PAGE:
International Organizations are the Devil’s Playground of Great Power Competition


International Organizations are the Devil’s Playground of Great Power Competition

It is now clear that America’s strategy for great-power competition needs a new plank. In addition to facing-off against China at sea, in the marketplace and online, Washington needs a better game plan for besting Beijing at the United Nations and other international forums.

An effective approach to communicable diseases requires a global effort. Otherwise, they can crop up and spread before they are detected. If the WHO cannot be reformed to fill this function effectively, then America should seek to set up an alternative, but it needs to include all nations. That will be a much heavier lift than fixing the WHO.  

Replace. Where organizations with a critical mission are failing and can’t be fixed, then America should establish new international organizations and frameworks. It should be brave enough to be bold and not dismiss the value of new freedom-oriented organizations. It should ignore the critics who think changing, abandoning or replacing an ineffective status quo is selfish and isolationist.  

In some cases, these frameworks do not need to be new international organizations, per se. To build a likeminded consensus that can be used to influence the behavior of international organizations, the United States can work through informal networks like the Quad, existing multinational organizations like NATO, or new strategic alliances, such as a Middle East framework. The mounting pressure to readmit Taiwan to the WHO is a good example of a joint effort by like-minded nations seeking to right an unjust act.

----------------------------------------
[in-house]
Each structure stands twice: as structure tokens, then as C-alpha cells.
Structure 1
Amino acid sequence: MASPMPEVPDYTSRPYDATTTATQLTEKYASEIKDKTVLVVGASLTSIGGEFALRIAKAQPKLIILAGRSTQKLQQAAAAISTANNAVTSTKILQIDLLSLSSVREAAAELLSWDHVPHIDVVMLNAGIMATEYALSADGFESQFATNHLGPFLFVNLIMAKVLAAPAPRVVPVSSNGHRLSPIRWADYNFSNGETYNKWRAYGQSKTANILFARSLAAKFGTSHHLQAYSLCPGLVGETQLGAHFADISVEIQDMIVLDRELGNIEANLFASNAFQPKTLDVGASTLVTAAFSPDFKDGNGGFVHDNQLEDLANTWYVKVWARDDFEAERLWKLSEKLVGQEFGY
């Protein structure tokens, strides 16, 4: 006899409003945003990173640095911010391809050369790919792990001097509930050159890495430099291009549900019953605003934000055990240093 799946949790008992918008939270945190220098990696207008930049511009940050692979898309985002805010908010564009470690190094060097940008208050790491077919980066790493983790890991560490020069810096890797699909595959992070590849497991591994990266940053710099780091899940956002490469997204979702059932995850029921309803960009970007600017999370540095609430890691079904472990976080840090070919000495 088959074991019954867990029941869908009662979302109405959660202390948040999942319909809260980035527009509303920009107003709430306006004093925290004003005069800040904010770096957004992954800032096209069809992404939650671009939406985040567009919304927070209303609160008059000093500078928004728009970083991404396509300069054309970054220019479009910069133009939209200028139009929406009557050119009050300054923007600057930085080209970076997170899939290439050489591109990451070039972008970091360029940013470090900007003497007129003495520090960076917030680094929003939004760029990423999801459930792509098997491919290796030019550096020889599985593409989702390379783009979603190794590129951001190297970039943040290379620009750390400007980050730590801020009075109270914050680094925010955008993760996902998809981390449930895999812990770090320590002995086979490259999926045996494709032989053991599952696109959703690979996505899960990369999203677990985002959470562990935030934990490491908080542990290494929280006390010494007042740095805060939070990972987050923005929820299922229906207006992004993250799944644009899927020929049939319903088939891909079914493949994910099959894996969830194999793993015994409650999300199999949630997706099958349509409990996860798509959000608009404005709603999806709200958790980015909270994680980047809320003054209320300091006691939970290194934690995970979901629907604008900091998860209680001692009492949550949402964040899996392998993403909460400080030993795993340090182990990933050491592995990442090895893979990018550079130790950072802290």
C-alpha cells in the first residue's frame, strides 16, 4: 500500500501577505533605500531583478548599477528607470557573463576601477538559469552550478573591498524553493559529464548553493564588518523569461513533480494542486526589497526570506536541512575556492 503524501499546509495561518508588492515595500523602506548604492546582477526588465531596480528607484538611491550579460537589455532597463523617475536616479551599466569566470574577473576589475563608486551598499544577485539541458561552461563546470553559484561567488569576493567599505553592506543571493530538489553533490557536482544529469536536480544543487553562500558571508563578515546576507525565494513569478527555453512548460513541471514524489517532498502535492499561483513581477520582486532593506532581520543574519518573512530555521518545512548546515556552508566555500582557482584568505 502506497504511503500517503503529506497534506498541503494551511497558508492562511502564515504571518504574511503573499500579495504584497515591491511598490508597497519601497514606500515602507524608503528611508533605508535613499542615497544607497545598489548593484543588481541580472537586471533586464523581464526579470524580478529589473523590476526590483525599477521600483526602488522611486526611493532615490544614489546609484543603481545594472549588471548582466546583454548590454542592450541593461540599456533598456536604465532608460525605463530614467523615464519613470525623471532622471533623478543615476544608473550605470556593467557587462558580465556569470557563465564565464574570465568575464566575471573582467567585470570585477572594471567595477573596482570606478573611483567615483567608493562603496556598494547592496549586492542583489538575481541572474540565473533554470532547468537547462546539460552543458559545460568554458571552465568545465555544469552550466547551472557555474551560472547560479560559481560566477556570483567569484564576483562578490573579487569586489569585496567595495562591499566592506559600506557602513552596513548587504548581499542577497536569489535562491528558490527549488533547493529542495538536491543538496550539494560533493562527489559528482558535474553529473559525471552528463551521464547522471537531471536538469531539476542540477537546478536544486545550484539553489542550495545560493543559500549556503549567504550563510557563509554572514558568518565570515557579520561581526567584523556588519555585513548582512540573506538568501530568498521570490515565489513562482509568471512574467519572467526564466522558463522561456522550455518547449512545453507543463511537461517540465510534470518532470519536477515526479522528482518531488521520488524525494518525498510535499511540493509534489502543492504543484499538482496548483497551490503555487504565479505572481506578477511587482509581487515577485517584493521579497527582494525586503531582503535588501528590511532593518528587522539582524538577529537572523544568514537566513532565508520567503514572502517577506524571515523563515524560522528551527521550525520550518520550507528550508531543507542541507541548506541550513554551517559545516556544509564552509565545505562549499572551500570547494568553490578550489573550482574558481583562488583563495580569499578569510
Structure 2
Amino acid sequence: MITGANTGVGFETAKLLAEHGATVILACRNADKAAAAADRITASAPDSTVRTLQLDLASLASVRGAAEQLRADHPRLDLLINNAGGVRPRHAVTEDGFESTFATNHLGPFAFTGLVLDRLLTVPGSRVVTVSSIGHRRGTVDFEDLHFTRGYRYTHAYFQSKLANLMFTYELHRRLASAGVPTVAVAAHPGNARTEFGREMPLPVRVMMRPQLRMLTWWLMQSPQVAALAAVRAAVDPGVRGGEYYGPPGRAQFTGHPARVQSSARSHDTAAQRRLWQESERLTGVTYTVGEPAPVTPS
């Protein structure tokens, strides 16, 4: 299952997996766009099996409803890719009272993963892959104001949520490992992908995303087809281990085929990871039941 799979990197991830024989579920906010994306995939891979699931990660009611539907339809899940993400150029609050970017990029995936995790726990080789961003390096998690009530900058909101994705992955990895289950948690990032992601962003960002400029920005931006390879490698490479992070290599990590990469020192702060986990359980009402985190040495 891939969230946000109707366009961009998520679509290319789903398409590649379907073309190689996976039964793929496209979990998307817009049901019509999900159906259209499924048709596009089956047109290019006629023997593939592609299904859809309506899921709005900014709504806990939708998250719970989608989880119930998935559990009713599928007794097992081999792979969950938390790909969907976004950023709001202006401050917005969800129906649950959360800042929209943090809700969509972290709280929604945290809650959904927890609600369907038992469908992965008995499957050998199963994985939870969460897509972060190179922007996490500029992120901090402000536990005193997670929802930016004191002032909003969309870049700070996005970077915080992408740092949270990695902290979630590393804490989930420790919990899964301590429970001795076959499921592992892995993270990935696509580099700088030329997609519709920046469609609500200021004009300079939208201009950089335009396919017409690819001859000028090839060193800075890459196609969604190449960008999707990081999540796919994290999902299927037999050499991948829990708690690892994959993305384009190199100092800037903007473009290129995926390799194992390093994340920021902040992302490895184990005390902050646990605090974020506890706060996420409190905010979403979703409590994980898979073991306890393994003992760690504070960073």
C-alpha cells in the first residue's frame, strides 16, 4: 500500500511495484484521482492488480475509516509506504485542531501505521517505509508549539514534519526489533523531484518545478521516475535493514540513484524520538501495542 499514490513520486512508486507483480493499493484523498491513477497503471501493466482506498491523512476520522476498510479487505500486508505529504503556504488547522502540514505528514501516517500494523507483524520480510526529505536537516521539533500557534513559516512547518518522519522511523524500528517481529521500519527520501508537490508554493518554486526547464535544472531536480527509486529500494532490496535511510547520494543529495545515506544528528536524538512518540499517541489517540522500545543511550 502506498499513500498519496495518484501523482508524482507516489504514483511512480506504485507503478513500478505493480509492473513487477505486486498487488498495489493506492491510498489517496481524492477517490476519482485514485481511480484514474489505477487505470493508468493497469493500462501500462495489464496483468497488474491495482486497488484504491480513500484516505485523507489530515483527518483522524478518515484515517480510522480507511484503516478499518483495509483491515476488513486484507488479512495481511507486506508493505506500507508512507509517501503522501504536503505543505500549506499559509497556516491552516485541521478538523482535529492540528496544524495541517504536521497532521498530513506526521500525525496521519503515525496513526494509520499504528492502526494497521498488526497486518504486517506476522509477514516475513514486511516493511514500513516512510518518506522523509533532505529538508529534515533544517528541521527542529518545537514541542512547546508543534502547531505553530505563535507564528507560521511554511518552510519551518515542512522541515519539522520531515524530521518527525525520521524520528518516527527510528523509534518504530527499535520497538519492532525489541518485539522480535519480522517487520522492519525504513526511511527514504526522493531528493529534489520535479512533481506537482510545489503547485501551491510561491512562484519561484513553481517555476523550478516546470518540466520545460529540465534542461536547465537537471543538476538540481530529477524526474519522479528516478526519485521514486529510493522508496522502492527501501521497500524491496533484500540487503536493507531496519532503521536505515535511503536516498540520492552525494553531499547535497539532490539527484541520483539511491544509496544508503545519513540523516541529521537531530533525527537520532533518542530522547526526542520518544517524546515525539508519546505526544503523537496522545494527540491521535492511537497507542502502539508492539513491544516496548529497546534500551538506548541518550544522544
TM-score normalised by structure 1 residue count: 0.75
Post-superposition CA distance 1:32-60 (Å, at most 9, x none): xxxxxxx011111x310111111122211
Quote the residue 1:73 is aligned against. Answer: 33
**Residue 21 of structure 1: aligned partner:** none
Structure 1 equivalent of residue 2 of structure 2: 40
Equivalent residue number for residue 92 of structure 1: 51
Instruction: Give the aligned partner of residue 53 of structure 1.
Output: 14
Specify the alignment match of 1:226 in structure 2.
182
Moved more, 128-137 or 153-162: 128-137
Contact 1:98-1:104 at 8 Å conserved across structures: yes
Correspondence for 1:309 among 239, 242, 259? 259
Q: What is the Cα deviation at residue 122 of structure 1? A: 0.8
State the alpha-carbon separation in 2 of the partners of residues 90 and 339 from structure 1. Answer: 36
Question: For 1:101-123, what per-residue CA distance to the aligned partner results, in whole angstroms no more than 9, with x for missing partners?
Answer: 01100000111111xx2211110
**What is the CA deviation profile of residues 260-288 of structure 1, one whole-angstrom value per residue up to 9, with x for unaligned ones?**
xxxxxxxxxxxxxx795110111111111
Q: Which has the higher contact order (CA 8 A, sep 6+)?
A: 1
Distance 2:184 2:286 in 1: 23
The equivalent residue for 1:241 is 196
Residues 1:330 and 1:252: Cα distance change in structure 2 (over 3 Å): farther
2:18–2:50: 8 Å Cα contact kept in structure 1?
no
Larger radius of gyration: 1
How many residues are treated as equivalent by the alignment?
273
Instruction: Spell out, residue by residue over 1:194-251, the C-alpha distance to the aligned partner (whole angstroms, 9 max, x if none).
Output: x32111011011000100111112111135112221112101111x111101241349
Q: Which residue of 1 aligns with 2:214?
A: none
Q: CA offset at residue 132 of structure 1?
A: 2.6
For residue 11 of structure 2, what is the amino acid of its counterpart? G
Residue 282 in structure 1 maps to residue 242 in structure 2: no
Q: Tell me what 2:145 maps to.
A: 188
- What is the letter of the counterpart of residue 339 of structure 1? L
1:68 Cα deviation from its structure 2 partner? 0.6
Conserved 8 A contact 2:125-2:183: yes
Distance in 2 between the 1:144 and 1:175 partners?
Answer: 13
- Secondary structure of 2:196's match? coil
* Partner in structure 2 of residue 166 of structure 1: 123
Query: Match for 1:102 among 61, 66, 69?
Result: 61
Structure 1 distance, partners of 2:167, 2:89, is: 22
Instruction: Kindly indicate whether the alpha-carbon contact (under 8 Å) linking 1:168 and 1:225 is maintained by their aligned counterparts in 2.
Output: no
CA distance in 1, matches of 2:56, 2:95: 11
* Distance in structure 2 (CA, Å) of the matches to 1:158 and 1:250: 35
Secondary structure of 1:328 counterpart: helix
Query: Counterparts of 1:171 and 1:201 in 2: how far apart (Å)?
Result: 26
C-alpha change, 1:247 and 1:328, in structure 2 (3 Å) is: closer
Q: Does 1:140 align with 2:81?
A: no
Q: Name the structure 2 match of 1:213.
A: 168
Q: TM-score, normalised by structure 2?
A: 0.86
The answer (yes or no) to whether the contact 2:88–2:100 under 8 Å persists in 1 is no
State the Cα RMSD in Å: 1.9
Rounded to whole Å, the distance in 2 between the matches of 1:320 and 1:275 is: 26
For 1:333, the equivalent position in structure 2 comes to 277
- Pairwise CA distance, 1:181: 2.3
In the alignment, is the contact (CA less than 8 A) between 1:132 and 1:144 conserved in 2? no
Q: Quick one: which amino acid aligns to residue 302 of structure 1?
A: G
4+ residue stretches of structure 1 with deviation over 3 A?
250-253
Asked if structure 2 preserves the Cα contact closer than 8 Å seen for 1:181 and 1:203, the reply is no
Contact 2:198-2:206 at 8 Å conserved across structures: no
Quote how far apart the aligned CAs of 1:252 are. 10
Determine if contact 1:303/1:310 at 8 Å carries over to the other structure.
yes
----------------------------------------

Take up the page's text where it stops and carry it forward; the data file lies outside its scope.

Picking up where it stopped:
A Free World Free Trade Agreement to complement or supplant the WTO might be an approach worth considering. In 2001, analysts at the Heritage Foundation proposed a Global Free Trade Agreement, under which nations meeting established standards of free trade and investment practices could agree to further reduce or eliminate their trade barriers, minimizing the need for lengthy negotiations that often hamper bilateral or multilateral trade deals. 

The time is ripe to stitch together a reform, withdraw, replace plan and lead the free world in using international organizations to protect and expand freedom around the world. 

The authors work at The Heritage Foundation’s Davis Institute for National Security and Foreign Policy, headed by Vice President James Jay Carafano. Brett Schaefer is the think tank’s Jay Kingham Fellow in International Regulatory Affairs. Terry Miller directs the Center for International Trade and Economics; Nile Gardiner directs the Thatcher Center for Freedom; Walter Lohman directs the Asian Studies Center, and Luke Coffey directs the Allison Center for Foreign Policy.

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